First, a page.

#551 (s5768-41 / 14 Sivan 5768)
White on the Inside
He was relieved that Rabbi Yehoshua of Belz did not try to dissuade him from marrying the gentile girl, and only requested that he wear a simple garment.
White on the Inside
A heartbroken man stood before the Belzer Rebbe, weeping uncontrollably. Rebbe Yehoshua waited until he was calmer and was able to tell his sad story.
"I have an only son," said the man, "whom I have cherished from the day he was born. But, some while ago he took up with friends of whom I disapprove, wastrels and men of low character. I told him that his actions pained me, but he was too enamored by his new acquaintances to pay attention. And now the worst blow has fallen. He told me that he is engaged to marry a Christian girl. When I heard this, I was so shocked that I banished him from my house and told him never to return."
The man broke down again and was unable to continue for a few moments. Then, he said, "I don't know if I did the right thing or not. He is my son, after all, and by chasing him out, I have lost all contact with him and have no influence on him. What should I do, Rebbe? Advise me. My burden is too heavy to bear all alone!"
The Rebbe replied, "No, you cannot reject your own son. Go and find him. Bring him back to your home and be sympathetic. Help him, if he needs it. But, most of all, try to bring him here to me, if it is at all possible. You must not despair so quickly."
The Jew returned home and went out to seek his son. When he found him, he could not believe his eyes. His son had left as a proud young man, but he was broken. His clothes were filthy and in need of repair; he looked disheveled and in despair.
"Come home with me," the father offered.
The son allowed himself to be led back home. The father fed him and tended him with loving care. He bought him a new suit and restored his self-confidence. He did not even mention anything about the gentile girl whom the son planned to marry. He ignored the past.
Some time later, the father announced that he was going to visit the Belzer Rebbe. "Perhaps, you would like to join me?" he suggested.
The son agreed. It was a simple request. He was grateful to his father; why not do what he wanted and give him pleasure?
Father and son become much closer to one another during his journey. They talked about many subjects dear to both of them; they even discussed the son's engagement to the gentile girl. But, here, the son withdrew into himself, refusing to talk. "My mind is already made up and nothing that you or the Rebbe say will make me change it. The subject is closed, father. That is final."
The father nodded, but continued in a gentle tone, "And what about the girl's family? What kind of people are they? How do you know that they are not criminals, thieves, scoundrels?"
"Leave me alone, Father. They are very fine people! Why should you suspect them of evil? They are decent, educated folk!"
The father dropped the subject. Soon the two reached Belz and were admitted to the Rebbe's presence. The Belzer Rebbe spoke to the son at length until he felt that he had won his confidence and respect. Then, he offered him a talit kattan four-cornered sleeveless garment of snowy white wool and said, "I would like you to wear this under your shirt at all times. It will serve to protect you wherever you go."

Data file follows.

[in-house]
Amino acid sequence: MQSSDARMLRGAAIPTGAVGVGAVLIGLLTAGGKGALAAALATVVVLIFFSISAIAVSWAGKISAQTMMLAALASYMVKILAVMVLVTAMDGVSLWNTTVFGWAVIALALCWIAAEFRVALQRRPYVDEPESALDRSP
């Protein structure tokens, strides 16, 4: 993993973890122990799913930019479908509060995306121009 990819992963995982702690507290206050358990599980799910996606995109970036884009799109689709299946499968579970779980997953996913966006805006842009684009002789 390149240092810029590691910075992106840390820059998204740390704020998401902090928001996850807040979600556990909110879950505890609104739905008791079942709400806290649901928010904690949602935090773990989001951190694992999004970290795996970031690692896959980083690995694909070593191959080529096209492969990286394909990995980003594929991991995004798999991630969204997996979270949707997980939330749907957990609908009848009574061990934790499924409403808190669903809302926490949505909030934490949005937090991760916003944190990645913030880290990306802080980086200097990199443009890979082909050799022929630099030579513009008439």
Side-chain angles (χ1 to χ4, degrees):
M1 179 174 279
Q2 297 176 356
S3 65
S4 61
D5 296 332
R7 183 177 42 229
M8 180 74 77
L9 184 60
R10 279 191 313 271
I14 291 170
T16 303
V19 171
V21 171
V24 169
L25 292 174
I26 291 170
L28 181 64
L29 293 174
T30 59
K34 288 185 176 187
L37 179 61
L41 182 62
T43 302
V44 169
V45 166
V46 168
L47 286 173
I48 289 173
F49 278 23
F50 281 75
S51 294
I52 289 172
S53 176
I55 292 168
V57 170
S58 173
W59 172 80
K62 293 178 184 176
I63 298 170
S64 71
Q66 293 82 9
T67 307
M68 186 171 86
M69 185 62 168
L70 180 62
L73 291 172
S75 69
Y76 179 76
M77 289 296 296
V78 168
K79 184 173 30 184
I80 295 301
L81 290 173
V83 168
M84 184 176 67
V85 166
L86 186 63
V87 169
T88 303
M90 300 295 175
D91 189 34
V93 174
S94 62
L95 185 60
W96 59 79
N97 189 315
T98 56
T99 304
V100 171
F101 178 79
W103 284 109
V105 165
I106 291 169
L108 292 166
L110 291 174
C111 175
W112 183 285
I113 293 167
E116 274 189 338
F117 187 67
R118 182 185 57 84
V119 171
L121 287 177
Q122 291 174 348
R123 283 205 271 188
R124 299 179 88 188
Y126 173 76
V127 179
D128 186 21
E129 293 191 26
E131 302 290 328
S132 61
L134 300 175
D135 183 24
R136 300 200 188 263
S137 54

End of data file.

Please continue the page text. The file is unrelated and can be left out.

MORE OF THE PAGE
Relieved that the Rebbe was not trying to dissuade him from marrying the gentile girl, the son agreed to wear the garment.
The father and his son returned home. The date of the son's wedding was approaching; it was to be a lavish affair with lusty singing and rowdy dancing and lots of hard liquor -- a typical gentile celebration. According to the Rebbe's advice, the father was to attend too.
The day finally arrived. The unhappy father sat all alone at a small table heaped with kosher food, but he had no appetite. He recoiled in disgust at the drunken behavior and wept inwardly to see his own son, seated at the head table, no better than the rest.
The room filled with smoke and heat. It was soon so oppressive that people began to shed their jackets. The 'chatan' himself began perspiring and took off first his jacket and then even his shirt. At first, he did not realize why people were staring at him. When he looked down, however, he discovered that he was still wearing his white, four-cornered fringed garment that the Rebbe had given him.
"Hey, look!" one of the guests cried out, pointing at him, "That's Jew-clothing. The groom is wearing a Jew-garment! The groom is a Jew!"
The other guests took up the cry and angrily fell on the groom. "Why did you tell that you were a Christian like us?" they shouted. "How did you dare deceive us!" They attacked him with their fists, pummeling him this way and that. He was unable to defend himself against the rain of blows, but succeeded in fleeing to safety.
When he was finally alone, he remembered what his father had suggested and he had denied; that the bride's family were not decent people of good breeding, but men of violence and crime. How true those words had been.
The son returned to his father's home much wiser than before. He became a sincere repentant and baal teshuva, justifying his father's love and the Rebbe's faith in him.
[Adapted by Yrachmiel Tilles from Tales of Tzaddikim (ArtScroll Youth Series) by G. MaTov]
Yerachmiel Tilles is co-founder and associate director of Ascent-of-Safed, and editor of Ascent Quarterly and the AscentOfSafed.com and KabbalaOnline.org websites. He has hundreds of published stories to his credit, and many have been translated into other languages.
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